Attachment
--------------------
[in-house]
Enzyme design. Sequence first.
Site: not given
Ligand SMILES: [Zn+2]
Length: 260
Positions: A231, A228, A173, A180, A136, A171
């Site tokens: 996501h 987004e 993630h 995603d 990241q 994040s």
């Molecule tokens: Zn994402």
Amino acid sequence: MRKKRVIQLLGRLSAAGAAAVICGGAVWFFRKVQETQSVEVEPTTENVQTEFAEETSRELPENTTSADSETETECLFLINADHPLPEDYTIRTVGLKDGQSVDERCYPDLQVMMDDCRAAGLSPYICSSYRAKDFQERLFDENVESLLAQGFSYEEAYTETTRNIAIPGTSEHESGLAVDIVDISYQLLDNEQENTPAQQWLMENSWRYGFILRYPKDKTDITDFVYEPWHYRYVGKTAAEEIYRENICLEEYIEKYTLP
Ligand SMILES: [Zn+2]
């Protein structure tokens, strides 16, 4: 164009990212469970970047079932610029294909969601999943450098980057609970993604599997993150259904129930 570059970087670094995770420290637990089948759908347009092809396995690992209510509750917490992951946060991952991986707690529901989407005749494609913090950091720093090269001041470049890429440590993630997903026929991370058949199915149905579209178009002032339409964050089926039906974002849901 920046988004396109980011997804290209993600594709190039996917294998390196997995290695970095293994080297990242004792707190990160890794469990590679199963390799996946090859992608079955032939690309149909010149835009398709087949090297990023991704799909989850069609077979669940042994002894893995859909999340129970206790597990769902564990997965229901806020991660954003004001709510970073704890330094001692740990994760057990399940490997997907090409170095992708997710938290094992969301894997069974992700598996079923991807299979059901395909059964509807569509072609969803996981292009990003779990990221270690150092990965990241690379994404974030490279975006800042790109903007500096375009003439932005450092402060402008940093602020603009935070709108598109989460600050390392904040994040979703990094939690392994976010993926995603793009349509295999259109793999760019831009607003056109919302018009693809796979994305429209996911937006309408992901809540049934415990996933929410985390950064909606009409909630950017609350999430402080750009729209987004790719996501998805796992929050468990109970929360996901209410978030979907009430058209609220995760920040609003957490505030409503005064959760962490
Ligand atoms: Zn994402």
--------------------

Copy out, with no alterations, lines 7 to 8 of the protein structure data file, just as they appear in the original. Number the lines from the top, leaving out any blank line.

């Site tokens: 996501h 987004e 993630h 995603d 990241q 994040s």
């Molecule tokens: Zn994402």